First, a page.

Microsoft just started rolling out a bunch of new software features to the Xbox One, and while it might not ring the changes quite as drastically as the recent 4.5 update to the Sony PlayStation 4, it’s bringing in some nice tweaks.
What’s in store exactly? Well, let’s just say that streamers (and those that like watching streams) should be very pleased with what’s happening – but there are some neat little additions beyond that too. Let’s take a deep old dive into Microsoft’s change log.
Twitch who? YouTube Gaming what now? Microsoft owns its own live streaming platform, you know – and now it’s arrived on Xbox One. Beam launched on Windows 10 last year, so its rollout to Microsoft’s console was always on the cards – but it’s fantastic news for anybody who wants to live stream their games direct from the Xbox One, as well as watch and interact with other streamers’ activities.
The big deal with Beam, says Microsoft, is its extremely low (under one second) latency, meaning streamers and viewers can interact in near real time.
The ability to broadcast your games via Beam is now built into the console, with no extra software required, and for when you want to kick back and see someone else doing the hard work, there’s the new Beam viewing app in the Xbox One’s My Games and Apps section.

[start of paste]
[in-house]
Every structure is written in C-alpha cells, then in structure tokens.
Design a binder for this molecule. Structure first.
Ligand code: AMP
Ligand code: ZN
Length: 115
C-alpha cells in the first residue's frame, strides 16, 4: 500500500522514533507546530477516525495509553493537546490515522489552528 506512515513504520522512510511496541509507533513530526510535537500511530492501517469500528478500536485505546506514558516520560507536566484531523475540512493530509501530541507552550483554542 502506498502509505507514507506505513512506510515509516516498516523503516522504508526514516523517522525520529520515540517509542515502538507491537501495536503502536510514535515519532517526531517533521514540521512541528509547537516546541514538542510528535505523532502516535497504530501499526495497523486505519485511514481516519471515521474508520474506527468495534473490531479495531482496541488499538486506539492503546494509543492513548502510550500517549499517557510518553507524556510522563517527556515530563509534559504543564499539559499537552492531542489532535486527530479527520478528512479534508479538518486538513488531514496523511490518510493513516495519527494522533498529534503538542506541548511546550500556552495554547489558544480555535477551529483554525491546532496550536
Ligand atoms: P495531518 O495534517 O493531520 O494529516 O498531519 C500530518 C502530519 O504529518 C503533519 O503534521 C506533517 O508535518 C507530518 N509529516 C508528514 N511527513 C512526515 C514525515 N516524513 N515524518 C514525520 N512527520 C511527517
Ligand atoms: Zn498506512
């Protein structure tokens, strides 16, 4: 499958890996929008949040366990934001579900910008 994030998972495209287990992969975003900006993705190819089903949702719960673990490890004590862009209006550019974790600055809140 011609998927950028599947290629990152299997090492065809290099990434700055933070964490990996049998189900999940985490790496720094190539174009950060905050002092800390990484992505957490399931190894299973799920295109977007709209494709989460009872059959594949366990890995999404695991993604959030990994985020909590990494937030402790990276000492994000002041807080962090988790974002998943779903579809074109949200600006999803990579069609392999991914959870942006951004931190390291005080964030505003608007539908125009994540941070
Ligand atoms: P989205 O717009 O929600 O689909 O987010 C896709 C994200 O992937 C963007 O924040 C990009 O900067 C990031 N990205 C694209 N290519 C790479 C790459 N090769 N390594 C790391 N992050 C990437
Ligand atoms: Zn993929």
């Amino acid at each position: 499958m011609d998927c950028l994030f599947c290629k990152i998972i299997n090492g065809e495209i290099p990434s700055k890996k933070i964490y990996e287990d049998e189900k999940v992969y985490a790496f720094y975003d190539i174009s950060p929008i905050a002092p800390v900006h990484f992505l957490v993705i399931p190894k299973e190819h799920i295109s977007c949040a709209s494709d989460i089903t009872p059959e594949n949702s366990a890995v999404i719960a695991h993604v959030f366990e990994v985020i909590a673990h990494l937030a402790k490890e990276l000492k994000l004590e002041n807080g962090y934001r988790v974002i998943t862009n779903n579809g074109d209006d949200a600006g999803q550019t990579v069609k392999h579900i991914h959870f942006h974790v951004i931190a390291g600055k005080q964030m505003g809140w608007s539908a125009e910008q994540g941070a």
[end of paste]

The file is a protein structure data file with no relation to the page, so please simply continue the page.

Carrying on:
Limit little ones’ screen time
Sometimes it’s good to be a mean parent and stop your kids spending all day playing games. They need to get out in the fresh air, after all – so that you’re free to crack open a case of Peronis and spend five straight hours chainsawing Locusts in Gears of War 4 in peace.
Enter the new screen time limit feature. After registering via microsoft.com/family, you’ll be able to set time limits for your offspring’s sessions.
Better Blu-ray audio
One for the golden-eared home cinema fanatics, this: the Xbox One’s Blu-ray player now supports bitstream passthrough. That means the digital audio info goes right through the console without being touched, allowing your (doubtless high-end) AV receiver to do the decoding natively. It supports all bitstream formats, including the newer ones like Dolby Atmos and DTS:X.
Multitasking made easy
The Guide has been given a visual overhaul, popping up as an overlay on the left hand side of your screen when you hit the Xbox button on your controller. On it you’ll find music playback controls, quick links to recently used games and apps and simplified GameDVR controls for recording gameplay.
You can also bring up Cortana as an overlay, allowing you to set reminders and alarms, play music or access Party controls with voice commands.
Microsoft has made efforts to boost the accessibility of games on the Xbox One by adding Copilot, a feature that allows two controllers to act as if they were one. That means gamers can play cooperatively alongside another person, sharing the controls.